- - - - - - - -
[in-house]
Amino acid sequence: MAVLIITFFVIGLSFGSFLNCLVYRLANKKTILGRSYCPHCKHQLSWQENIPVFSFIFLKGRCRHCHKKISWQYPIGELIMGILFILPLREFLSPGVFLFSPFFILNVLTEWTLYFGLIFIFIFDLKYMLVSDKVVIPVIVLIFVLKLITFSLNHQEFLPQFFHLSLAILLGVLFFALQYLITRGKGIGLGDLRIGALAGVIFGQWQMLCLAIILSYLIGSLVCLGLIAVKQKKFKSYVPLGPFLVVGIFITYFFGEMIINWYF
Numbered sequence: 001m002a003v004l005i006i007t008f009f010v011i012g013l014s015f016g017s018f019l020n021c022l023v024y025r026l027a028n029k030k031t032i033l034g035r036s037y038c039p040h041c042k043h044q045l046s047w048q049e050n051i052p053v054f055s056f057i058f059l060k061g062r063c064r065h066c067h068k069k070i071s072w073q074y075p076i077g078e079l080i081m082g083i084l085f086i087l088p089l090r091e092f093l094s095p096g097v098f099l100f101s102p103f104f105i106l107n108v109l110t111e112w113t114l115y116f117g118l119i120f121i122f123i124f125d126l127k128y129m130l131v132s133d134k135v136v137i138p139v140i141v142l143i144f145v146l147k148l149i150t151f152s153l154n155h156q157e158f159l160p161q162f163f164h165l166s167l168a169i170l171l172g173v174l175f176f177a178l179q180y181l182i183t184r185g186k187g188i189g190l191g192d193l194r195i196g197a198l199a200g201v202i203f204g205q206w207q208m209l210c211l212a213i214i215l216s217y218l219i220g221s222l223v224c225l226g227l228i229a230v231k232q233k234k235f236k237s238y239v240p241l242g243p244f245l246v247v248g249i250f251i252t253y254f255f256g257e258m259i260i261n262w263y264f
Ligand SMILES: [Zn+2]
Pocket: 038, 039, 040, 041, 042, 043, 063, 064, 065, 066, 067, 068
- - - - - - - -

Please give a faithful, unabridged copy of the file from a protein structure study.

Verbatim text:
[in-house]
Amino acid sequence: MAVLIITFFVIGLSFGSFLNCLVYRLANKKTILGRSYCPHCKHQLSWQENIPVFSFIFLKGRCRHCHKKISWQYPIGELIMGILFILPLREFLSPGVFLFSPFFILNVLTEWTLYFGLIFIFIFDLKYMLVSDKVVIPVIVLIFVLKLITFSLNHQEFLPQFFHLSLAILLGVLFFALQYLITRGKGIGLGDLRIGALAGVIFGQWQMLCLAIILSYLIGSLVCLGLIAVKQKKFKSYVPLGPFLVVGIFITYFFGEMIINWYF
Numbered sequence: 001m002a003v004l005i006i007t008f009f010v011i012g013l014s015f016g017s018f019l020n021c022l023v024y025r026l027a028n029k030k031t032i033l034g035r036s037y038c039p040h041c042k043h044q045l046s047w048q049e050n051i052p053v054f055s056f057i058f059l060k061g062r063c064r065h066c067h068k069k070i071s072w073q074y075p076i077g078e079l080i081m082g083i084l085f086i087l088p089l090r091e092f093l094s095p096g097v098f099l100f101s102p103f104f105i106l107n108v109l110t111e112w113t114l115y116f117g118l119i120f121i122f123i124f125d126l127k128y129m130l131v132s133d134k135v136v137i138p139v140i141v142l143i144f145v146l147k148l149i150t151f152s153l154n155h156q157e158f159l160p161q162f163f164h165l166s167l168a169i170l171l172g173v174l175f176f177a178l179q180y181l182i183t184r185g186k187g188i189g190l191g192d193l194r195i196g197a198l199a200g201v202i203f204g205q206w207q208m209l210c211l212a213i214i215l216s217y218l219i220g221s222l223v224c225l226g227l228i229a230v231k232q233k234k235f236k237s238y239v240p241l242g243p244f245l246v247v248g249i250f251i252t253y254f255f256g257e258m259i260i261n262w263y264f
Ligand SMILES: [Zn+2]
Pocket: 038, 039, 040, 041, 042, 043, 063, 064, 065, 066, 067, 068